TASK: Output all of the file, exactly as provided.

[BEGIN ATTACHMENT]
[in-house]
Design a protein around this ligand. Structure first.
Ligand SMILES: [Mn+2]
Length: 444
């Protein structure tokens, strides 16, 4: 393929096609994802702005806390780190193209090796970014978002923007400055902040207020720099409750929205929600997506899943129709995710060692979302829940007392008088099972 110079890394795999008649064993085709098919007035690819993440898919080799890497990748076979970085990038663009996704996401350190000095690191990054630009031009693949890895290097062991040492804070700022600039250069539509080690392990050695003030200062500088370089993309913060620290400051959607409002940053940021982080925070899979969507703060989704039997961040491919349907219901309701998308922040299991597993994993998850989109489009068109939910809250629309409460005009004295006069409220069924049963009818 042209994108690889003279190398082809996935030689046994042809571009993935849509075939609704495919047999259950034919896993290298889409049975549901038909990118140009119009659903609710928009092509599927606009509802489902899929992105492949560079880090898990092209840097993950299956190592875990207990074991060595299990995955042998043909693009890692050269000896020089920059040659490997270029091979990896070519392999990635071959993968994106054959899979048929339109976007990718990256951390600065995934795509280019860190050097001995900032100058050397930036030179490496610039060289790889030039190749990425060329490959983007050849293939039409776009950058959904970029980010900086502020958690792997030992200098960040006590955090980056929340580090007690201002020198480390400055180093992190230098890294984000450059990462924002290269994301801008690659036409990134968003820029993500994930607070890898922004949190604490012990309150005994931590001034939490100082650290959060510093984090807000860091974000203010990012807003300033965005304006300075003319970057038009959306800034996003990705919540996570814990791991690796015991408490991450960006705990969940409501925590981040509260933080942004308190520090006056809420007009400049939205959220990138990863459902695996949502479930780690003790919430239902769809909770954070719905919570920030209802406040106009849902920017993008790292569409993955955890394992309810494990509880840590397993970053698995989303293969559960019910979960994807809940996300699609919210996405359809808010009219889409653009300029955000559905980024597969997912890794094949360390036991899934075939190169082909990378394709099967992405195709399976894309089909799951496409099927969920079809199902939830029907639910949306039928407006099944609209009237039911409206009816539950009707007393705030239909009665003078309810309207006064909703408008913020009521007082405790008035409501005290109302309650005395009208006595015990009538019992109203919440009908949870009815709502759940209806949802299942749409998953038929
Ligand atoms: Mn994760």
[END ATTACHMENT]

[in-house]
Design a protein around this ligand. Structure first.
Ligand SMILES: [Mn+2]
Length: 444
């Protein structure tokens, strides 16, 4: 393929096609994802702005806390780190193209090796970014978002923007400055902040207020720099409750929205929600997506899943129709995710060692979302829940007392008088099972 110079890394795999008649064993085709098919007035690819993440898919080799890497990748076979970085990038663009996704996401350190000095690191990054630009031009693949890895290097062991040492804070700022600039250069539509080690392990050695003030200062500088370089993309913060620290400051959607409002940053940021982080925070899979969507703060989704039997961040491919349907219901309701998308922040299991597993994993998850989109489009068109939910809250629309409460005009004295006069409220069924049963009818 042209994108690889003279190398082809996935030689046994042809571009993935849509075939609704495919047999259950034919896993290298889409049975549901038909990118140009119009659903609710928009092509599927606009509802489902899929992105492949560079880090898990092209840097993950299956190592875990207990074991060595299990995955042998043909693009890692050269000896020089920059040659490997270029091979990896070519392999990635071959993968994106054959899979048929339109976007990718990256951390600065995934795509280019860190050097001995900032100058050397930036030179490496610039060289790889030039190749990425060329490959983007050849293939039409776009950058959904970029980010900086502020958690792997030992200098960040006590955090980056929340580090007690201002020198480390400055180093992190230098890294984000450059990462924002290269994301801008690659036409990134968003820029993500994930607070890898922004949190604490012990309150005994931590001034939490100082650290959060510093984090807000860091974000203010990012807003300033965005304006300075003319970057038009959306800034996003990705919540996570814990791991690796015991408490991450960006705990969940409501925590981040509260933080942004308190520090006056809420007009400049939205959220990138990863459902695996949502479930780690003790919430239902769809909770954070719905919570920030209802406040106009849902920017993008790292569409993955955890394992309810494990509880840590397993970053698995989303293969559960019910979960994807809940996300699609919210996405359809808010009219889409653009300029955000559905980024597969997912890794094949360390036991899934075939190169082909990378394709099967992405195709399976894309089909799951496409099927969920079809199902939830029907639910949306039928407006099944609209009237039911409206009816539950009707007393705030239909009665003078309810309207006064909703408008913020009521007082405790008035409501005290109302309650005395009208006595015990009538019992109203919440009908949870009815709502759940209806949802299942749409998953038929
Ligand atoms: Mn994760």